google79f3d4a96bd13f7b.html Borneo's Nature Awakens The Passion of European Adventurers (1) - Nature and Culture

Borneo's Nature Awakens The Passion of European Adventurers (1)

Borneo's nature and civilization

Image Source:BeritaSatu,com

Indonesia is an archipelagic country with the island of Borneo in the middle, as the third largest island in the world (with an area of ​​743,330 km²) after Greenland and Papua.

Initially, the Europeans, especially the Dutch, did not pay much attention to the existence of the island of Borneo, because this island was relatively unheard of in world trade. The Dutch were more concentrated on other islands which proved to be financially profitable.

The Maluku Islands, which are located in the eastern part of Indonesia as a producer of abundant spices, cloves and, nutmeg from these islands have long been a world trade commodity. With the spice trade monopoly produced by this area, the Dutch financial treasury became fat.

The Java Island, from this island the Dutch, made a big profit with a monopoly on the trade of pepper, tea leaves, sugar, coffee, and rice which were the main products of this island. In addition to cash income from the Dutch trade monopoly, they also received income from the Javanese forest in the form of wood which was transported to Europe as a shipbuilding material. The Dutch rulers also collected tribute from the Javanese kings they conquered.

Dutch greed did not stop with the monopoly of trade, in the future, Dutch forced Cultuurstelsel, forced cultivation of coffee, sugar cane, and tobacco commodities in the land of Java, Java.

The Dutch government's interest in the island of Borneo began after the publication of a travel report on the land of Sarawak, Borneo by James Brook around 1840. Economic motives prompted the Dutch authorities to send troops to intimidate the kingdom in the coastal areas of the island of Borneo. A trade agreement in favor of the Dutch was concluded and the Sultans were forced to agree.

The arrival of government representatives and Dutch traders began to unravel the mysteries of the island of Borneo, which gradually attracted the interest of adventurists and researchers to explore the isolated lands of Kalimantan.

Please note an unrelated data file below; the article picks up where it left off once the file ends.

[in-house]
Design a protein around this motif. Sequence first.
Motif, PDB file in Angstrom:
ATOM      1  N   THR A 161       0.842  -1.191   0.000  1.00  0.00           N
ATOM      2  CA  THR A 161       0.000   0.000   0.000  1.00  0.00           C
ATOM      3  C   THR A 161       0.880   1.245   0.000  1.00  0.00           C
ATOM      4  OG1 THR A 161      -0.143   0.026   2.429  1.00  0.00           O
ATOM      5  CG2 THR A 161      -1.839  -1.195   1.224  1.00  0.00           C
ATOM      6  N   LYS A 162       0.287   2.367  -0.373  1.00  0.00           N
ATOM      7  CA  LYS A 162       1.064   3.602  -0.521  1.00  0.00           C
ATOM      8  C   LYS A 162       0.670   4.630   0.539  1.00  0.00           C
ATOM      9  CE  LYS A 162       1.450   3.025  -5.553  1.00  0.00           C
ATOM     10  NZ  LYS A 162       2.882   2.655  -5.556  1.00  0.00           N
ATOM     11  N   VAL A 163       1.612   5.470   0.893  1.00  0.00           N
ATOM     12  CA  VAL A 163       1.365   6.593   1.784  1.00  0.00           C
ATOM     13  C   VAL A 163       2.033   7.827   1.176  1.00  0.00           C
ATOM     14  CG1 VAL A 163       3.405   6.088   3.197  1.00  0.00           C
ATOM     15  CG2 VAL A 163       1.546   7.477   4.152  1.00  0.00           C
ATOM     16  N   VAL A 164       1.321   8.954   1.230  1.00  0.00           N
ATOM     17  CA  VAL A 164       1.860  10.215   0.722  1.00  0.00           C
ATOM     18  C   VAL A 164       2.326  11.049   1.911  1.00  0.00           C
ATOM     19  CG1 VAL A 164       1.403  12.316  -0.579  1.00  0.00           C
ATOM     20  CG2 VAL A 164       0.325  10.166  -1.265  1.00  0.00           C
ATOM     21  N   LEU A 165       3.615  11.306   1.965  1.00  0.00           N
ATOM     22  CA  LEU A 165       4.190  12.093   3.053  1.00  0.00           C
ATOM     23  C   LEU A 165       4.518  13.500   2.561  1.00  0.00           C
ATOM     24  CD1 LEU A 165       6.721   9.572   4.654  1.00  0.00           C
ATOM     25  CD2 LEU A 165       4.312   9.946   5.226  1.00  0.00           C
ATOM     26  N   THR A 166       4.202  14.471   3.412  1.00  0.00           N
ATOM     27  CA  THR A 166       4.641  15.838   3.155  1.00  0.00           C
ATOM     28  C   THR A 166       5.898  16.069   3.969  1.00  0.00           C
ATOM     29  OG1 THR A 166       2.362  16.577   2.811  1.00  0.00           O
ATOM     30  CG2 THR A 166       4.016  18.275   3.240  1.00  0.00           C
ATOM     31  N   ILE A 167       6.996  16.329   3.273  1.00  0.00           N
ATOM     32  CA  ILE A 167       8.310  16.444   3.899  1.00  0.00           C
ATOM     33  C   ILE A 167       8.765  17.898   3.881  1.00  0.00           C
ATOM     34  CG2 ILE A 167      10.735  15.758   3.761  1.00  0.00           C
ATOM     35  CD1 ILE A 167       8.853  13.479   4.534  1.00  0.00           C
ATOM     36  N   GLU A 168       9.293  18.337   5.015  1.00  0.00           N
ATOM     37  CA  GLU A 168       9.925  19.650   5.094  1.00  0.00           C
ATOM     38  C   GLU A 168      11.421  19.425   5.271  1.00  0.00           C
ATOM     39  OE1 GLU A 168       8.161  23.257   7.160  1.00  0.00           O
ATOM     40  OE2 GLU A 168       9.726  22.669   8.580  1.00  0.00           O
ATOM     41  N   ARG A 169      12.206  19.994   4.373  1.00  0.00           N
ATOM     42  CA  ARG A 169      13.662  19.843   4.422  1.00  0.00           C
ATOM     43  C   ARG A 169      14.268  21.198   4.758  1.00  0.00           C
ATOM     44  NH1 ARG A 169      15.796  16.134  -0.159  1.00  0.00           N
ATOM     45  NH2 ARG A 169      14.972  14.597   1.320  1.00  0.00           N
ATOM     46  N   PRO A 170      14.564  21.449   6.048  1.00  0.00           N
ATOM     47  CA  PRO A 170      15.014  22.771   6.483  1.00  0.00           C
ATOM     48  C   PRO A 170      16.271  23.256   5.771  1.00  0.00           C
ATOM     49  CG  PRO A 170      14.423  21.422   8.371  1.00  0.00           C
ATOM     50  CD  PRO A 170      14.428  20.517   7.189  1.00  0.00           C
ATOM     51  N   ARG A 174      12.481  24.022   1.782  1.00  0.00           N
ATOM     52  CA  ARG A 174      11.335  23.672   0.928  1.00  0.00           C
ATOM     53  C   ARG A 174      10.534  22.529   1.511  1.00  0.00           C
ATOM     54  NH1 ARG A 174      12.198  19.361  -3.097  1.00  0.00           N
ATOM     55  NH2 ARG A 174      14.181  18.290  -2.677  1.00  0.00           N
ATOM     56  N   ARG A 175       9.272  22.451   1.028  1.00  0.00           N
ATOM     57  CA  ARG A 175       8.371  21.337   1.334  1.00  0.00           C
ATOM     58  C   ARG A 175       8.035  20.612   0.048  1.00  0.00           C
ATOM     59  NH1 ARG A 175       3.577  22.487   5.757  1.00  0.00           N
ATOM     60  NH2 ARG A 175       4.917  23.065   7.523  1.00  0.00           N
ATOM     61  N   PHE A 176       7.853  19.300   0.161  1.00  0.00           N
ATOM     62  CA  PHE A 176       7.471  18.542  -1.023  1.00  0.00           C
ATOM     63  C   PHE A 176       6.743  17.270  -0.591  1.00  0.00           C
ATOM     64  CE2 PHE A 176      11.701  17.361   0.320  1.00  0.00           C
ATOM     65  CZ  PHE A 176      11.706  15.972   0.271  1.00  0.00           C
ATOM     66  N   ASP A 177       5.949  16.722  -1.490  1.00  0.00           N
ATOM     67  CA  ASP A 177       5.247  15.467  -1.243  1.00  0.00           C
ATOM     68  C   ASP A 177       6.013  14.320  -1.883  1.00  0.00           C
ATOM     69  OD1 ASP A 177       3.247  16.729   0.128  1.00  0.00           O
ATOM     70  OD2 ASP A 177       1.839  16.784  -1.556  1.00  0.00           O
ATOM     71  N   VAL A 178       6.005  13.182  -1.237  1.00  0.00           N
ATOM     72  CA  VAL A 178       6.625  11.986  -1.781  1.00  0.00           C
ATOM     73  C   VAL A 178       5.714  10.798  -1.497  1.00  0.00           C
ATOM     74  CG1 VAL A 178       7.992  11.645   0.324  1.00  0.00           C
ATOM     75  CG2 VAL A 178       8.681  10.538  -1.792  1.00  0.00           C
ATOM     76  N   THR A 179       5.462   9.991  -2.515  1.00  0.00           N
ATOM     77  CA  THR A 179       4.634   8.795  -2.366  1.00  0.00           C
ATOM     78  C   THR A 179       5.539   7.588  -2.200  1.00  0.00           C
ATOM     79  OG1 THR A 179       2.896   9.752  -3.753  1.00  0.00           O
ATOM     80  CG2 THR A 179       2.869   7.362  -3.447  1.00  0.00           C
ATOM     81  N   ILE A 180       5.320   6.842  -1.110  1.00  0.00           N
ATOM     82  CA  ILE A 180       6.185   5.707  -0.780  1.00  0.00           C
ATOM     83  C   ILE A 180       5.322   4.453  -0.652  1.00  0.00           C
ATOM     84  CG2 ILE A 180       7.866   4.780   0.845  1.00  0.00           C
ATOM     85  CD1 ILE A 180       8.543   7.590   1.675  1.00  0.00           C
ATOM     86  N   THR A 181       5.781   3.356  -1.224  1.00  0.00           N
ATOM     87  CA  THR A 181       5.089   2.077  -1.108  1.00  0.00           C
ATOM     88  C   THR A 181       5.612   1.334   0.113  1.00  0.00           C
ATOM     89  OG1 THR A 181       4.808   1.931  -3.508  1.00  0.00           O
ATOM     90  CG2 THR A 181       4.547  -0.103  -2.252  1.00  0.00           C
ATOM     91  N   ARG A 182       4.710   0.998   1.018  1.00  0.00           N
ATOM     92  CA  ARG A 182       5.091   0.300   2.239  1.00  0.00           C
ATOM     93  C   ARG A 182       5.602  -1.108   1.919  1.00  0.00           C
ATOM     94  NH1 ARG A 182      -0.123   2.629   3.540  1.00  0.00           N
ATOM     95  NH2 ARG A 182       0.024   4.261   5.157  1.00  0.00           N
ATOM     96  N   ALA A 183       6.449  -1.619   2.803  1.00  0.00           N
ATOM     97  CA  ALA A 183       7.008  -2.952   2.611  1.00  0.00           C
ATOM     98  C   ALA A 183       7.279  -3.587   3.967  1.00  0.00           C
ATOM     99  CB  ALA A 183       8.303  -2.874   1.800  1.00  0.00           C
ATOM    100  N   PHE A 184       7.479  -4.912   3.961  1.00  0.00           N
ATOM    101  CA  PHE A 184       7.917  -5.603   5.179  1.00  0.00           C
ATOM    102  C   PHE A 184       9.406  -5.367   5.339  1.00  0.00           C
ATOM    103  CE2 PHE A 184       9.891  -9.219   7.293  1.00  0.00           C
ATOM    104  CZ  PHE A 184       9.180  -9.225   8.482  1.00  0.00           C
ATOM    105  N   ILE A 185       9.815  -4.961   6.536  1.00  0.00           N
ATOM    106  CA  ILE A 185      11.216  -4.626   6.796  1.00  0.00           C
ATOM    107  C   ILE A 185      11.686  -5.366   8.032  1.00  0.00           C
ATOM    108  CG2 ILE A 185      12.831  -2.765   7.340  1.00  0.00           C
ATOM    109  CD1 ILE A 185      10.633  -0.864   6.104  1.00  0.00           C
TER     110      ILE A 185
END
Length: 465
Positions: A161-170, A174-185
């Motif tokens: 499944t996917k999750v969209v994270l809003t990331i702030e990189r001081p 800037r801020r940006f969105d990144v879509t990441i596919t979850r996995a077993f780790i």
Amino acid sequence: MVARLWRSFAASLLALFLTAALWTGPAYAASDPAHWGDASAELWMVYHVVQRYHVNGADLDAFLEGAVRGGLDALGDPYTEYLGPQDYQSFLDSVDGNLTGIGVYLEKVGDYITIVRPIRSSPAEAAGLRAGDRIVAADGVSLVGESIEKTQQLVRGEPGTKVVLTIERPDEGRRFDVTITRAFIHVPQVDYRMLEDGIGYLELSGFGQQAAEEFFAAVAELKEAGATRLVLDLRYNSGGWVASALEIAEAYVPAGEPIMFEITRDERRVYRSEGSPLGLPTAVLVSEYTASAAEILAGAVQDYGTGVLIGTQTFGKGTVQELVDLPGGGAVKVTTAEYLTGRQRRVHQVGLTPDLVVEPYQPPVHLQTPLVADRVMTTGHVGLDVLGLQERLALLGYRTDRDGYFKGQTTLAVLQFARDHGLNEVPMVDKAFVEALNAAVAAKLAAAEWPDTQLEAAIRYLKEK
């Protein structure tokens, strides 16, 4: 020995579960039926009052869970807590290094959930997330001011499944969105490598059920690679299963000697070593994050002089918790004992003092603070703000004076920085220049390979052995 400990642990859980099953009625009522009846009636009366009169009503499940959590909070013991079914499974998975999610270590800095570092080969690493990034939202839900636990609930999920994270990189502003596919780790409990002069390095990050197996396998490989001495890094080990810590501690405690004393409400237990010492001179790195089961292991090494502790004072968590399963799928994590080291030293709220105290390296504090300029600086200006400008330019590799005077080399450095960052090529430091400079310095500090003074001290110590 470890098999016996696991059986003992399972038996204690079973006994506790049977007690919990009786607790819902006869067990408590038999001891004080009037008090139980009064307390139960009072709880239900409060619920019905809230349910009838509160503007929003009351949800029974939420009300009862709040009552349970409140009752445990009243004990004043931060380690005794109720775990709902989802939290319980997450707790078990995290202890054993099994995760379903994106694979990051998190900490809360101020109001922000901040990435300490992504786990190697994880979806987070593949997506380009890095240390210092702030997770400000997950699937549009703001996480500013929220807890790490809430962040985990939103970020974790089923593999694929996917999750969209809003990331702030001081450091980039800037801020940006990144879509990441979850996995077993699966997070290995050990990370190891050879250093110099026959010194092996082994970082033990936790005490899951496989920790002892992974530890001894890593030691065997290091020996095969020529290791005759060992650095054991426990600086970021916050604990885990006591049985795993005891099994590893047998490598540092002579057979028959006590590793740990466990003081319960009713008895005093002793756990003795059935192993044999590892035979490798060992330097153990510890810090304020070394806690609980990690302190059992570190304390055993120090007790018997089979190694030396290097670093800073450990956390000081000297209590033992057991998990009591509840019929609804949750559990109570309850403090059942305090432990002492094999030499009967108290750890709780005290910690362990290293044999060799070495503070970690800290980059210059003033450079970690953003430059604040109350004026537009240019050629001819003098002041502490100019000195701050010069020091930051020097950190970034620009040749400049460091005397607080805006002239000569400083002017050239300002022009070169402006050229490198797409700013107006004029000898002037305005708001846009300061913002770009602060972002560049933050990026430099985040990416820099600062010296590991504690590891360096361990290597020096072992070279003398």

Researchers collect data on the natural potential of the forest and its land. The results of his research in the field are written in a report, in addition to forest products as well as minerals contained in the Earth of Borneo.

The search for minerals from the bowels of the earth was in line with the industrial revolution in Europe from 1760 to 1840 which required coal energy as a driving force for steam engines.

1888 The Dutch established the coal mining company Oaast Borneo Matchappij to carry out mining in the Batu Panggal area. (currently included in Sungai Kunjang Village, Samarinda, East Kalimantan)

In 1893 the Dutch Shell company conducted exploration and exploitation of petroleum in the Mahakam river delta, known as the Sanga-Sanga field (currently included in the Kutai Kartanegara Regency, East Kalimantan).

In the following years, more Europeans came to Borneo with diverse interests.

Some European adventurists who came to Kalimantan are:


1. (1812) Alexander Hare in Banjarmasin

As a Resident Commissioner, who was appointed during the reign of Raffles who served as Governor-General. According to DJM Tate, in the book The European Conquest, Alexander is described as a resident who controls the Benteng area (currently including the area of ​​the Sabilal Muktadin Grand Mosque, Banjarmasin, South Kalimantan).

Hare who exercises power like a king, what most remembered is his great interest in women. It is said that Hare built a Harem with 14 women in it consisting of natives, Chinese, and Indians.

When Dutch power entered the island of Borneo, Alexander's power ended. The expelled Hare traveled to several places in Batavia, Lombok, Africa, and finally settled in Cocos Islands.

2. (1842) James Brooke

An English adventurer who was granted power by the Sultan of Brunei. Brook controls his power which is located at the western end of the Sultanate of Brunei, namely the Sarawak region near the Kuching border (currently included in Malaysian sovereignty) with the title Raja Puteh in Kalimantan, Several books and films that highlight Brook's adventure stories include:

Adventure novel "Kalimantan" (CS Godshalk, 1998)

The White Rajah of Sarawak (Robert Payne, 1960)

In The Heart of Borneo” Journal Article 

Post a Comment for "Borneo's Nature Awakens The Passion of European Adventurers (1)"